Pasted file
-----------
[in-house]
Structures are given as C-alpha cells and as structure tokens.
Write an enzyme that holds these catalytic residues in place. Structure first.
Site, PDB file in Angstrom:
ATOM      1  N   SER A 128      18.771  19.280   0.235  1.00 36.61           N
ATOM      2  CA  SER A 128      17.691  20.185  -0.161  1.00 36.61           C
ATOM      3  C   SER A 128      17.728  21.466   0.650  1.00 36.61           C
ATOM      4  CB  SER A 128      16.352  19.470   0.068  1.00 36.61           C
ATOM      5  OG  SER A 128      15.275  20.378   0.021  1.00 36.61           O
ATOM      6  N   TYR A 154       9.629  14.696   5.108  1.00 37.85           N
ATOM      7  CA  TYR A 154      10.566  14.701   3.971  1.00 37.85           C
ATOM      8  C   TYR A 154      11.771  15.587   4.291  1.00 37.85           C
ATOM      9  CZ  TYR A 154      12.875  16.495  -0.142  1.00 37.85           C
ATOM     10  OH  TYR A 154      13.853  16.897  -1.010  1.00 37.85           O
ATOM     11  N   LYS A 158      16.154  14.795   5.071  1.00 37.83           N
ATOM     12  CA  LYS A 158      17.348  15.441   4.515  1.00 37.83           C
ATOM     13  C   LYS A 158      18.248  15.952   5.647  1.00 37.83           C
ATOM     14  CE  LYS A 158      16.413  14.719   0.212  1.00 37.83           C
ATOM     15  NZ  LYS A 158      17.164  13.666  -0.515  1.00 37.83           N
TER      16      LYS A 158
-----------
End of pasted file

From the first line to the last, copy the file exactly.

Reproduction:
[in-house]
Structures are given as C-alpha cells and as structure tokens.
Write an enzyme that holds these catalytic residues in place. Structure first.
Site, PDB file in Angstrom:
ATOM      1  N   SER A 128      18.771  19.280   0.235  1.00 36.61           N
ATOM      2  CA  SER A 128      17.691  20.185  -0.161  1.00 36.61           C
ATOM      3  C   SER A 128      17.728  21.466   0.650  1.00 36.61           C
ATOM      4  CB  SER A 128      16.352  19.470   0.068  1.00 36.61           C
ATOM      5  OG  SER A 128      15.275  20.378   0.021  1.00 36.61           O
ATOM      6  N   TYR A 154       9.629  14.696   5.108  1.00 37.85           N
ATOM      7  CA  TYR A 154      10.566  14.701   3.971  1.00 37.85           C
ATOM      8  C   TYR A 154      11.771  15.587   4.291  1.00 37.85           C
ATOM      9  CZ  TYR A 154      12.875  16.495  -0.142  1.00 37.85           C
ATOM     10  OH  TYR A 154      13.853  16.897  -1.010  1.00 37.85           O
ATOM     11  N   LYS A 158      16.154  14.795   5.071  1.00 37.83           N
ATOM     12  CA  LYS A 158      17.348  15.441   4.515  1.00 37.83           C
ATOM     13  C   LYS A 158      18.248  15.952   5.647  1.00 37.83           C
ATOM     14  CE  LYS A 158      16.413  14.719   0.212  1.00 37.83           C
ATOM     15  NZ  LYS A 158      17.164  13.666  -0.515  1.00 37.83           N
TER      16      LYS A 158